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Judy Collins has thrilled audiences with her unique blend of interpretative folksongs and
original compositions for nearly five decades. At age 13, she made her public debut
performing Mozart’s Concertos for Two Pianos. But it was the music of folk artists such as
Woody Guthrie and Pete Seeger and the folk revival of the early 60s that sparked Judy’s love
Judy launched her recording career in 1961 with her first album, A Maid of Constant Sorrow.
She interpreted the songs of fellow artists - particularly the social poets of the time such as,
Bob Dylan, Phil Ochs and Tom Paxton. Maid, recorded when Judy was 22, began a thirty-five
year association with Elektra Records. During this period, Judy was instrumental in bringing
other singer-songwriters to a wider audience including poet/musician Leonard Cohen – and
musicians Joni Mitchell and Randy Newman.
In the later 60s, Judy began experimenting with different musical sounds and sources.
Collins interpreted the works of artists as diverse as The Beatles, Jacques Brell and Kurt
Weil with the release of “In My Life” (1966.) On her album Wildflowers (1967), Judy began to
focus on original compositions, such as Since You’ve Asked. The album also produced her
first Grammy Award for her interpretation of Joni Mitchell’s Both Sides Now.
By the 1970s, Judy won acclaim both as an interpretative folk singer and for her own works.
She explored a broad range of material: her songs from this period include the traditional
hymn Amazing Grace and the Stephen Sondheim Broadway ballad Send in the Clowns– (both
of which were top 20 hits as singles), as well as her own music compositions including Born
to the Breed.
Judy has continued an impressive musical career with an extensive catalog from every
decade from the 60s up to the present. She is still recording and delighting music audiences
all over the world. Her new album, Born To The Breed – A Tribute to Judy Collins,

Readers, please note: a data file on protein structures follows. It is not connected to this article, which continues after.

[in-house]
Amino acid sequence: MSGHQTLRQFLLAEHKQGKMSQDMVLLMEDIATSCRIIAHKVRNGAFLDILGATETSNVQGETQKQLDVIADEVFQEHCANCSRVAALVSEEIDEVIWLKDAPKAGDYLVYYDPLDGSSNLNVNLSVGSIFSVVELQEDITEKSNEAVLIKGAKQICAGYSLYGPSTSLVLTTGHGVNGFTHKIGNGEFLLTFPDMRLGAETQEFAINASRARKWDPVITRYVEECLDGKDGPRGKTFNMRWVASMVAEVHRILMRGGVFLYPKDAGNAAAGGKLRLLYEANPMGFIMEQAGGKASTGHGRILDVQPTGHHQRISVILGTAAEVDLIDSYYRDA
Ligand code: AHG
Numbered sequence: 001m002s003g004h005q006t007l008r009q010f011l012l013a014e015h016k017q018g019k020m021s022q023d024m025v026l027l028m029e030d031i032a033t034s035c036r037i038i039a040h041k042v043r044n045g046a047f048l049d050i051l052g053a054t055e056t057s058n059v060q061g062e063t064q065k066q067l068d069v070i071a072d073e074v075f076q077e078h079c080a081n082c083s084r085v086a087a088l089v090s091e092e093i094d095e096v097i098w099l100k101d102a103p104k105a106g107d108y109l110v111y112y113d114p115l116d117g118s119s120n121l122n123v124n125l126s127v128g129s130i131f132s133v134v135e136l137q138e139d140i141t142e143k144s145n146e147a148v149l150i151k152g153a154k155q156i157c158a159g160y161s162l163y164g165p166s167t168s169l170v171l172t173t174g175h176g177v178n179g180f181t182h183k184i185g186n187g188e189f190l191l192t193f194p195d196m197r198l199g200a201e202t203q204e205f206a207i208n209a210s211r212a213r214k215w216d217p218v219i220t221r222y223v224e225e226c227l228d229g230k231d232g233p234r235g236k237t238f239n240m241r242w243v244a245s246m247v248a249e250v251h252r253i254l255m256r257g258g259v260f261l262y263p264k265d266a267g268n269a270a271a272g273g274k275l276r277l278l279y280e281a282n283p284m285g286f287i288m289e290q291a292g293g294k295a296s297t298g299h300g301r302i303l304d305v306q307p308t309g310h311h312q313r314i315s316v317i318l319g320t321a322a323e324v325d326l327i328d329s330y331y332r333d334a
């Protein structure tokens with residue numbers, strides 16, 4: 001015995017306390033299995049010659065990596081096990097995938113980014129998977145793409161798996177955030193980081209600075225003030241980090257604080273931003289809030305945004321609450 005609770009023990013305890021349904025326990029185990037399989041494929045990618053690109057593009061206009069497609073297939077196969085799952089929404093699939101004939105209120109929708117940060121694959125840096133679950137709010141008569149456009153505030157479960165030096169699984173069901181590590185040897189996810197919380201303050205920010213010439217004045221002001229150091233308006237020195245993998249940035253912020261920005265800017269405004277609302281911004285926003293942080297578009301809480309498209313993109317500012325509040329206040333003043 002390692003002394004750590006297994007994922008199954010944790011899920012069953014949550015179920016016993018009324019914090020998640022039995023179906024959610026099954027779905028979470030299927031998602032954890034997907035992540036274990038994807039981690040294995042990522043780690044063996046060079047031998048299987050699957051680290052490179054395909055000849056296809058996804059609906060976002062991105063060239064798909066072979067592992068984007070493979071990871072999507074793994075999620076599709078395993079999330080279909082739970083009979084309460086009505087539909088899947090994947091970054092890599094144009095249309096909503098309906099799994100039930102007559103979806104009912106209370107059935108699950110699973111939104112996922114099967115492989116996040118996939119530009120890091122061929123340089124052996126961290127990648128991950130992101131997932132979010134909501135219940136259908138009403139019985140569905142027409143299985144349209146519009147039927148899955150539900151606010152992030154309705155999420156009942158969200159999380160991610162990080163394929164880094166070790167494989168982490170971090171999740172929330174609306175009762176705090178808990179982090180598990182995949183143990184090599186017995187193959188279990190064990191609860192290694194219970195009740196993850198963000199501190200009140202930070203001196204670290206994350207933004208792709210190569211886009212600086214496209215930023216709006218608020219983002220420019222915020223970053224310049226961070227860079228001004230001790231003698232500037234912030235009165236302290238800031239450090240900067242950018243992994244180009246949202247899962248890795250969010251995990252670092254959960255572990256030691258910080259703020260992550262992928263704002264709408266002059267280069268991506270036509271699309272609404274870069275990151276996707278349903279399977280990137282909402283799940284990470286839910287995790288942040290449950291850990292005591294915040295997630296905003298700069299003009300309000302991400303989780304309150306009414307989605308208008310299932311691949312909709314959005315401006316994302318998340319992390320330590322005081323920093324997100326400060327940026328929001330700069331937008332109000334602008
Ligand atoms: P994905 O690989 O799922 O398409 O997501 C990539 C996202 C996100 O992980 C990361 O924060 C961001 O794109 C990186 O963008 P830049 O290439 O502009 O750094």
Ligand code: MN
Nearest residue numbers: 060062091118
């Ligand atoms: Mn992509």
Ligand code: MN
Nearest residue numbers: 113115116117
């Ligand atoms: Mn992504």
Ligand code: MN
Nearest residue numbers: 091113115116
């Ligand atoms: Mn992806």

Volume I is set for release on October28, 2008. For a full discography visit Judy’s website
In 1992, her personal life took a tragic turn when her son and only child, Clark Taylor (b.
January 8, 1959) took his own life at age 33. Judy has since become a strong advocate of
suicide prevention and actively speaks about her own battle with depression and substance
abuse. In her 2003 memoir, 'Sanity & Grace', Judy details with unflinching honesty her
recovery from her son's suicide and attempts to provide comfort and guidance to other
families dealing with the loss of a loved one from suicide. Judy Collins has become a soughtafter
keynote speaker on suicide prevention.
In a recent New York Times interview *, Judy outlines her social commitment and
philosophy. She has embraced the description folk singer because “…it indicates social
commitment… My social history has always been linked with my musical history.” Like
many folk singers of her generation, Judy is drawn to social activism. She is a representative
for UNICEF and campaigns on behalf of the abolition of landmines.
Judy, now 69, is still writing, performing, and nurturing fresh talent. She plays 60 to 80
dates a year around the country. In 1999, she founded Wildflower Records with co-founder
Katherine DePaul – a grass roots artist driven label. Their most recent signings include Wes
Charlton and legendary punk folk artists, The Saints. The aim of the label is to develop longterm
relationships with artists and their representatives in a way Judy’s own career was
nurtured by major labels. For more information about Wildflower Records, you can visit the
label’s website at www.wildflowerrecords.com
Still recording, writing and touring Judy is a relentlessly creative spirit – a modern day
Renaissance woman who is also an accomplished painter, filmmaker, record label head,
musical mentor, social activist, and an inspirational keynote speaker.